When he explains that cremation is important to make people forget the dead, he says that they should “Forget them. Burn all, burn everything. Fire is bright and fire is clean”. He thinks that the only way to have a peacefully and happy society is to make people forget the past and ignore or forget anything that they do not like. This reflects back to the society after WWII and the motives of the Nazis – removing thoughts and the past will result in peace and happiness. Bradbury also serves to warn us of the danger of ignorance in this futuristic dystopia.

This again is reflective of the Nazi book burnings and the idea of people leaving behind knowledge and becoming ‘blissfully’ ignorant of the past. In Fahrenheit 451 the fireman’s responsibility is to destroy knowledge and promote ignorance in order to ensure equality. Ignorance, however, promotes suicide, poor decisions, and empty lives. When Beatty discovers Montag’s hidden collection of books, he explains that all firemen become curious of books, and may have time to explore them for a short time before disposing of them.

He then tells Montag about the state of the world: people are made content by their lack of knowledge. Those who truly know the world are unhappy, while those who are ignorant of it have a false sense of happiness. From this moment, Montag is given the choice of conforming and living an artificial but happy life, or seeking knowledge and bearing the pain that accompanies it. In the novel, when Captain Beatty mentions the history of fire fighting and the history of books.

He says, “Classics cut to fit fifteen-minute radio shows, then cut again to fill a two-minute book column, winding up at last as a ten-or-twelve-line dictionary resume. ” The use of a hyperbole in this quote exaggerates to make a point of how really short they are to him or compared to what they used to be, displaying the ignorance towards knowledge and the past. Losing touch with nature and becoming reliant on technology is a concern that Bradbury forces us to examine in Fahrenheit 451.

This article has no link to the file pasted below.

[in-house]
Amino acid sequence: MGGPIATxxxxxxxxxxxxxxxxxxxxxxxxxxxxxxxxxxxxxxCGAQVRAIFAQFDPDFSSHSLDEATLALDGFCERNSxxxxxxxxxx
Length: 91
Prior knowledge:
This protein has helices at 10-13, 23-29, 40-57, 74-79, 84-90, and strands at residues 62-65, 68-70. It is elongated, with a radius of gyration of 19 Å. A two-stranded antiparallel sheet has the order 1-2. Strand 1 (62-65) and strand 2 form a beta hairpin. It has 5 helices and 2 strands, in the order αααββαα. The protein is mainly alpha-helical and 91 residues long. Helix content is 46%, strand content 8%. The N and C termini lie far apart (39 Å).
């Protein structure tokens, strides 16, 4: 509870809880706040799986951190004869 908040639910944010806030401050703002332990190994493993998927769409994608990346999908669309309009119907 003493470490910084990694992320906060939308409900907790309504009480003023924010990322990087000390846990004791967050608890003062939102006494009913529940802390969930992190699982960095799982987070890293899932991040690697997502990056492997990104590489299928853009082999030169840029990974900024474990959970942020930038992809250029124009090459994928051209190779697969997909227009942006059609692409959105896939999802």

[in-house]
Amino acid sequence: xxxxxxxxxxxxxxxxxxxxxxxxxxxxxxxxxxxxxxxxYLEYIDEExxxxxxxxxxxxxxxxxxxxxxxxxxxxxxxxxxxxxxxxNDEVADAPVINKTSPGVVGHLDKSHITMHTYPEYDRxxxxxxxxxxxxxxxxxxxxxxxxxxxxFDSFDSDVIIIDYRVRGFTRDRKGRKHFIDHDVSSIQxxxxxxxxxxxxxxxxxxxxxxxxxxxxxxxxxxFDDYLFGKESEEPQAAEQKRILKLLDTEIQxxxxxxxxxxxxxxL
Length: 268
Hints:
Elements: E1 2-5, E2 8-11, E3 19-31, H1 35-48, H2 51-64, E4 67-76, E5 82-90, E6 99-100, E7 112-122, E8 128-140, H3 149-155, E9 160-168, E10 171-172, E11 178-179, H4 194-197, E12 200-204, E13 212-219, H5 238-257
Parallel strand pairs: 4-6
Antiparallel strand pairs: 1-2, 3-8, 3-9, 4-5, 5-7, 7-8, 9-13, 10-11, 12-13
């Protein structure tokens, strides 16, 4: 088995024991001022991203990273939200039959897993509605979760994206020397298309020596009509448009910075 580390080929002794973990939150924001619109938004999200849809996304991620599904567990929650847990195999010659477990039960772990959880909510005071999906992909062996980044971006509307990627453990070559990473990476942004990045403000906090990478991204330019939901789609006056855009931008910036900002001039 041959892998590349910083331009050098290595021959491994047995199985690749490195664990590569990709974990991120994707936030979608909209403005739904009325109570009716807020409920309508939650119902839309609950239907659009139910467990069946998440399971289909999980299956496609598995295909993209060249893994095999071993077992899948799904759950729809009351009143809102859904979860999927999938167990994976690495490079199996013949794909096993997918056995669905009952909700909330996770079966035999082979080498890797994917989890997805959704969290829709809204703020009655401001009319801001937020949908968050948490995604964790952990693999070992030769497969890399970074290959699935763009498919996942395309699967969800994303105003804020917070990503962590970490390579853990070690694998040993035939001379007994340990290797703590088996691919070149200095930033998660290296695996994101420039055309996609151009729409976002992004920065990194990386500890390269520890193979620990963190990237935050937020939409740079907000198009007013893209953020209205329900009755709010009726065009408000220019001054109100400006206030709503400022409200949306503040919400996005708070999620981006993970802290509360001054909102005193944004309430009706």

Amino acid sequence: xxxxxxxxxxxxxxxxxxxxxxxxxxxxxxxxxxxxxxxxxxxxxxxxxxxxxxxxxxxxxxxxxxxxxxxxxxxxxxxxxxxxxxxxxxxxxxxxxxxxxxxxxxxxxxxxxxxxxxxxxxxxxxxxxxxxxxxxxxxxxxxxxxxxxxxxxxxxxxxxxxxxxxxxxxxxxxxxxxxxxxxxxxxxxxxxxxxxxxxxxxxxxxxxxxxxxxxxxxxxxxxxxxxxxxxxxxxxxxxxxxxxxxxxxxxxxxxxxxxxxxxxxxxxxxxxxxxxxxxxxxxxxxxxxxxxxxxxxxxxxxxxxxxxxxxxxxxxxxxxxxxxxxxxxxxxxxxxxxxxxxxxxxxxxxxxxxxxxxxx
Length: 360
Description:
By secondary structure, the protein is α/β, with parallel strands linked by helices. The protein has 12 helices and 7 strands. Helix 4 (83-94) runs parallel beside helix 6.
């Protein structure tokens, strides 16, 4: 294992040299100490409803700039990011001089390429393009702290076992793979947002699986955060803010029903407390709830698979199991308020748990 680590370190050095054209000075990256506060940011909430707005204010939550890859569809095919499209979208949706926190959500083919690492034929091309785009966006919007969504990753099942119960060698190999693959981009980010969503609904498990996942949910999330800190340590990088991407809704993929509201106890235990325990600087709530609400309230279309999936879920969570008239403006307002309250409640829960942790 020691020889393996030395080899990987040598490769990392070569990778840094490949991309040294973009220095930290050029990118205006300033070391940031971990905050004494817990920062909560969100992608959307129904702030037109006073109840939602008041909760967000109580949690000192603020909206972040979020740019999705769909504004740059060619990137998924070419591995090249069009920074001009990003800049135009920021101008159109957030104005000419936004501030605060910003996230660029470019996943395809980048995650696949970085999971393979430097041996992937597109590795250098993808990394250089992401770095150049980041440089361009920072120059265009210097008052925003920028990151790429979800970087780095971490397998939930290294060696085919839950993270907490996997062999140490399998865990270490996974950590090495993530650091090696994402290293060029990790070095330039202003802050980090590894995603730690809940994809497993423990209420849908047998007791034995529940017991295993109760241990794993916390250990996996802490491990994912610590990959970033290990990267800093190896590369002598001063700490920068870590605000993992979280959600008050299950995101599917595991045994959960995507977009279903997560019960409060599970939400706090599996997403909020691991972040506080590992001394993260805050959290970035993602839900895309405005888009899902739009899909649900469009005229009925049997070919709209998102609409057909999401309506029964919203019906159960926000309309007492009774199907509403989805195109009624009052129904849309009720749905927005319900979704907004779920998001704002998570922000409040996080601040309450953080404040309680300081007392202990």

Bradbury uses personification to demonstrate this idea, describing technological equipment as animals and giving them human characteristics. “The Mechanical Hound slept but did not sleep, lived but did not live in its gently humming, gently vibrating, softly illuminated kennel back in a dark corner of the firehouse. ” This quote is a pure example of personification, where the mechanical hound, a mere machine, is described as having a personality and behaviours similar to that of a human being. Also, this quote can be expressed as an irony to the people in the society.

Another example of the being too reliant on technology is the palor walls and the people of Fahrenheit 451 spend most of their time consumed by the information they are being fed, losing touch with the outside world, or nature and becoming completely dependent on technology. Using personification once again, Bradbury defines the machine used to ‘clean out’ his wife, Mildred as a “black cobra down an echoing well looking for all the old water and the old time gathered there”, once again refer to a machine as an animal. The way he writes “This machine pumped all of the blood from the body and replaced it with fresh blood and serum,” indirectly xplains the emptiness of the people’s souls in the society. This machine is pumping Mildred’s blood and we can say that Mildred is the ‘representative’ of the society. In this line, it states that the machine can just replace the blood with new one, meaning that there’s nothing precious in Mildred’s soul. Her life is just full of nothingness, nothing to hide and nothing to lose. Technology has stripped society of its personality and identity. Niccol too explores the role of nature and technology in the futuristic dystopia he has created in Gattaca.

He forces the responder to question the dangers of uncontrolled technology. In the ‘not-to-distant future’, the world of Gattaca is where genetic engineering has become the normal approach to procreation. Overall the setting of the film is quite severe and uncluttered and is dominated by people and symbolic locations. This sterile and cold society of elitist collaborations like Gattaca promotes competition, isolation and discrimination. This is something that is dangerous to individuals and relationships and shows an arrogant belief to the world of science.